According to two people with knowledge of the situation, the Manhattan grand jury that has been hearing testimony about hush money paid on Donald Trump's behalf will not take up that inquiry again this week, further delaying a potential vote on an indictment until next week at the earliest.
This information comes from the Manhattan grand jury that has been hearing testimony about the matter, according to a report by The Washington Times.
It was not immediately obvious why the panel, which did convene on Monday, would not be taking up the inquiry against Trump on either Wednesday or Thursday. The meeting took place on Monday.
The grand jury has been holding its sessions on a weekly basis on Monday and Wednesday afternoons, however they skipped the session scheduled for last Wednesday and instead gathered the day before for other, unconnected business.
On Monday, they made a brief return to Trump, although it was just to listen to testimony from a single witness.
Trump himself has ratcheted up anticipation that an indictment might be close by tweeting on his social media platform that he anticipated to be arrested in the immediate future.
This has led to an increase in the likelihood that an indictment would be forthcoming. After further investigation, his counsel stated that they had not received any such indication on time from the prosecutors in Manhattan.
The office of the Manhattan district attorney, which is in charge of the investigation and is leading it, has taken a number of actions that are being interpreted as indicating that they might be near to finishing it, including requesting Trump to testify.
Those who verified that no more action linked to Trump was expected this week did so under the condition that they could talk only on the condition of anonymity because they were not permitted to speak publicly about the private grand jury sessions.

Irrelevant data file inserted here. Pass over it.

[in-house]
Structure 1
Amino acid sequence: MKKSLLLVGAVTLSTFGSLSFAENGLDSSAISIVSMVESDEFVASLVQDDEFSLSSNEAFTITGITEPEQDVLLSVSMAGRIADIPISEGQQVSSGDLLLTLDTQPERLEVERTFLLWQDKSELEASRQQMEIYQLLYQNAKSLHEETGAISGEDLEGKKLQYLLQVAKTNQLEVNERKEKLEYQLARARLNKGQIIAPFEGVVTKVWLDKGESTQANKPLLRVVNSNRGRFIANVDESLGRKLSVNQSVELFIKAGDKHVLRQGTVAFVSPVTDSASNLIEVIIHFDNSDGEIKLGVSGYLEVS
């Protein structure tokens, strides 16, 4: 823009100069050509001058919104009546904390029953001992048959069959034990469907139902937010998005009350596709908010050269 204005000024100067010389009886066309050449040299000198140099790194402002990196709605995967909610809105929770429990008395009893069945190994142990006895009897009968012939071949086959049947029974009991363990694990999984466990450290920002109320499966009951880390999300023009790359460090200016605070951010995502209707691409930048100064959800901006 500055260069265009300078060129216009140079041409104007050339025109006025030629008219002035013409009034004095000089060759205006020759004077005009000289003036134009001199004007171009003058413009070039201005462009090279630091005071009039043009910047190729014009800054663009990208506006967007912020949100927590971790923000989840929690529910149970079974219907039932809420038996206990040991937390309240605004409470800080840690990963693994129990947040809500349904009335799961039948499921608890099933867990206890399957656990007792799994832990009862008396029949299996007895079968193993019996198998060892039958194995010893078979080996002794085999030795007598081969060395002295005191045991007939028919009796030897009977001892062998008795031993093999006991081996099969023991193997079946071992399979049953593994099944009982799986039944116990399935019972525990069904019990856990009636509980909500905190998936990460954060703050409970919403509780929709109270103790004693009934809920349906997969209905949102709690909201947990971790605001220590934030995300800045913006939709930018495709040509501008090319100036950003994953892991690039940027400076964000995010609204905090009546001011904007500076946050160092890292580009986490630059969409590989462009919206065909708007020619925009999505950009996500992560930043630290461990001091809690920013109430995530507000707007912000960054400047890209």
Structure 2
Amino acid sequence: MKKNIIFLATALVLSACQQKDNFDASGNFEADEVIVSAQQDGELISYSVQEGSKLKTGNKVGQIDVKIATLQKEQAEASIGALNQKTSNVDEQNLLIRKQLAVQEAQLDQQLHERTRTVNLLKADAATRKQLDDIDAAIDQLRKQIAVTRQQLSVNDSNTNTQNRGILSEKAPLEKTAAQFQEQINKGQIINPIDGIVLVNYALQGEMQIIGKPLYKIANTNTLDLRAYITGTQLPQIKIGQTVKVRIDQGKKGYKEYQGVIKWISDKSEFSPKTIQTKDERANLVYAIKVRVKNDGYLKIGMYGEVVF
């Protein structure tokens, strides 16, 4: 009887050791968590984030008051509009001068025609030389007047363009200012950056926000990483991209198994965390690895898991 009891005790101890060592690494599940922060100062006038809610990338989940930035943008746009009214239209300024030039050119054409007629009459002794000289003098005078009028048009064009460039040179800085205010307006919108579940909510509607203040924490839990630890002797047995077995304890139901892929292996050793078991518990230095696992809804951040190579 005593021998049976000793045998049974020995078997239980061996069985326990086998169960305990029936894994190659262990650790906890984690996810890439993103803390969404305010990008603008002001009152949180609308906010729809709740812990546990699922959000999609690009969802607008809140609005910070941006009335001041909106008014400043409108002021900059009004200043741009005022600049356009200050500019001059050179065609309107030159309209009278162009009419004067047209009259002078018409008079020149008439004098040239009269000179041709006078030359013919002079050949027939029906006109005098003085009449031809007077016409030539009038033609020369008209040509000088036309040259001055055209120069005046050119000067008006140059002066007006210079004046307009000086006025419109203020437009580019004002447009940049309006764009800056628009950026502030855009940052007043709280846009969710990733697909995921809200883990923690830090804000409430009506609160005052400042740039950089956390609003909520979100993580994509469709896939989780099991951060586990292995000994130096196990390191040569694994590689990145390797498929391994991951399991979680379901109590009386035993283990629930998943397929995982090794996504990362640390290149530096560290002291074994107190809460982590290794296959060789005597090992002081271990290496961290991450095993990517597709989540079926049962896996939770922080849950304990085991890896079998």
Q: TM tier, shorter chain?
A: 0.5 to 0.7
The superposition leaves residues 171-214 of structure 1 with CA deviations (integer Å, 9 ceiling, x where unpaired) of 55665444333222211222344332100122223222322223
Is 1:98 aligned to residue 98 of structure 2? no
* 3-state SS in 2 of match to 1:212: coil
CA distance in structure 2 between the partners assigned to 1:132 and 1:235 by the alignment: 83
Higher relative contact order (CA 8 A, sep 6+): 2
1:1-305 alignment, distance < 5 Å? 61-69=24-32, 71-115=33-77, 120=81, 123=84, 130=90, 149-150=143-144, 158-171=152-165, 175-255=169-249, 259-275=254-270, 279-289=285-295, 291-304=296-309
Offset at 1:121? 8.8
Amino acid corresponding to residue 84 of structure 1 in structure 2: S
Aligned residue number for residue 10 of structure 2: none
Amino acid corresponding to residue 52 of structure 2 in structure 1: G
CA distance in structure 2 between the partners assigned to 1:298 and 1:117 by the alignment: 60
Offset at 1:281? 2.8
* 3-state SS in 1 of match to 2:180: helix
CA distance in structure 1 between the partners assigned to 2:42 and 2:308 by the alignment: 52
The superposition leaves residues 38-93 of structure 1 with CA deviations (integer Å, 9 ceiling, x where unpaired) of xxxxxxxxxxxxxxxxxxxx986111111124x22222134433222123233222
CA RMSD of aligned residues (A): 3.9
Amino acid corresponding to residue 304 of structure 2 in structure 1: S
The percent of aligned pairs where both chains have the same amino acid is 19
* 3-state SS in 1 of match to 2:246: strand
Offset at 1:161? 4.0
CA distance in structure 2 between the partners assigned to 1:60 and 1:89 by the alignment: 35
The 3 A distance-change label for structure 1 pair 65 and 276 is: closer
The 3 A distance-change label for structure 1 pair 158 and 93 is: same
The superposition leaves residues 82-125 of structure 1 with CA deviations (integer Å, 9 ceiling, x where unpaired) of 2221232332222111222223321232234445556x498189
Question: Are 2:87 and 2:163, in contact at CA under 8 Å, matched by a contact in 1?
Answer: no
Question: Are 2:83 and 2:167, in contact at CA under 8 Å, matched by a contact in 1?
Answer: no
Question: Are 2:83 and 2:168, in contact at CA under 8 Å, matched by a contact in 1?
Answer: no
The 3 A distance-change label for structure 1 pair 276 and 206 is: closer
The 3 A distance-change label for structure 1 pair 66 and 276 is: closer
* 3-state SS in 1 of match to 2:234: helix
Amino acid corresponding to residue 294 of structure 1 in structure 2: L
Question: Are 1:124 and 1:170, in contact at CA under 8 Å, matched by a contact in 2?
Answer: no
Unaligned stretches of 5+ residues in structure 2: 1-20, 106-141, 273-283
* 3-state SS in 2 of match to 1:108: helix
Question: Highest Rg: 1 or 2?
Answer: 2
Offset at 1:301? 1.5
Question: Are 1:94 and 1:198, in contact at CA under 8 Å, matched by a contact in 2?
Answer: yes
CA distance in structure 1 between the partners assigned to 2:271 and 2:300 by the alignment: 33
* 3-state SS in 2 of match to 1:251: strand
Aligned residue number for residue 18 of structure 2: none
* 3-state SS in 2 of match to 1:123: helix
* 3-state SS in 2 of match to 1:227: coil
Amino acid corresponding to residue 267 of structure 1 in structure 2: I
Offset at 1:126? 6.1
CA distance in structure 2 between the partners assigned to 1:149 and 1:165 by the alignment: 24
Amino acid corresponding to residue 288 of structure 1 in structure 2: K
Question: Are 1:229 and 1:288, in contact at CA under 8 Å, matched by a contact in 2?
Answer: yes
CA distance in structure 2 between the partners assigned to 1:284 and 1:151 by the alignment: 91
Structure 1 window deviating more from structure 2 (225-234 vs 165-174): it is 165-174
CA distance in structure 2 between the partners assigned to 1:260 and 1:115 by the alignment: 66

It would be unprecedented for former presidents to be arrested after their time in office, but it is not impossible. The possibility of a former president being arrested depends on the nature of the allegations against them and the evidence supporting those allegations.
If there is evidence of a former president committing a crime while in office, they can be subject to legal action. For example, former President Richard Nixon was not arrested, but he was forced to resign from office due to the Watergate scandal, which led to criminal charges against several of his top aides.
In recent years, there has been speculation about the possibility of a former president facing legal consequences, particularly in relation to alleged crimes committed before taking office or during their time in office.
However, legal action against a former president would likely face significant political and legal hurdles, given the complex legal and constitutional issues involved.
Ultimately, whether or not a former president is arrested will depend on the specific circumstances of each case and the willingness of law enforcement agencies to pursue legal action against them.